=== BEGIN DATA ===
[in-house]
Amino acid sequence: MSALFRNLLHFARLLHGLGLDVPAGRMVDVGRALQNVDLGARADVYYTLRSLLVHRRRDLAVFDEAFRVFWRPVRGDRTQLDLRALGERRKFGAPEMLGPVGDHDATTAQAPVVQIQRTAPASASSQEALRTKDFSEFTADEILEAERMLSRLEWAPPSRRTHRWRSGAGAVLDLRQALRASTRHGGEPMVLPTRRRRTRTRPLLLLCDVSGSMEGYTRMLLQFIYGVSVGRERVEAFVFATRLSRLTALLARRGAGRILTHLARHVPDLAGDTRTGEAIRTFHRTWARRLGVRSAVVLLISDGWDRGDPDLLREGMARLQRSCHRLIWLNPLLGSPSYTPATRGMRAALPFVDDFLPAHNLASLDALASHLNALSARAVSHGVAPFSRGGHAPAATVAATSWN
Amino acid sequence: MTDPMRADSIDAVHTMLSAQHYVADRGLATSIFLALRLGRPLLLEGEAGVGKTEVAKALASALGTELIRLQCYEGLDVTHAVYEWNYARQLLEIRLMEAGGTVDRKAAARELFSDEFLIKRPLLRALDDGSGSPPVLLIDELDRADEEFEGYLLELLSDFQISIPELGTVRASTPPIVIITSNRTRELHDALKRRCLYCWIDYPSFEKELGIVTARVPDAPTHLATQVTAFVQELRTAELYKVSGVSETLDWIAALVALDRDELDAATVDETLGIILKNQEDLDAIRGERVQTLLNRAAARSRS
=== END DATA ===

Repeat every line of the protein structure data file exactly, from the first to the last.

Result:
[in-house]
Amino acid sequence: MSALFRNLLHFARLLHGLGLDVPAGRMVDVGRALQNVDLGARADVYYTLRSLLVHRRRDLAVFDEAFRVFWRPVRGDRTQLDLRALGERRKFGAPEMLGPVGDHDATTAQAPVVQIQRTAPASASSQEALRTKDFSEFTADEILEAERMLSRLEWAPPSRRTHRWRSGAGAVLDLRQALRASTRHGGEPMVLPTRRRRTRTRPLLLLCDVSGSMEGYTRMLLQFIYGVSVGRERVEAFVFATRLSRLTALLARRGAGRILTHLARHVPDLAGDTRTGEAIRTFHRTWARRLGVRSAVVLLISDGWDRGDPDLLREGMARLQRSCHRLIWLNPLLGSPSYTPATRGMRAALPFVDDFLPAHNLASLDALASHLNALSARAVSHGVAPFSRGGHAPAATVAATSWN
Amino acid sequence: MTDPMRADSIDAVHTMLSAQHYVADRGLATSIFLALRLGRPLLLEGEAGVGKTEVAKALASALGTELIRLQCYEGLDVTHAVYEWNYARQLLEIRLMEAGGTVDRKAAARELFSDEFLIKRPLLRALDDGSGSPPVLLIDELDRADEEFEGYLLELLSDFQISIPELGTVRASTPPIVIITSNRTRELHDALKRRCLYCWIDYPSFEKELGIVTARVPDAPTHLATQVTAFVQELRTAELYKVSGVSETLDWIAALVALDRDELDAATVDETLGIILKNQEDLDAIRGERVQTLLNRAAARSRS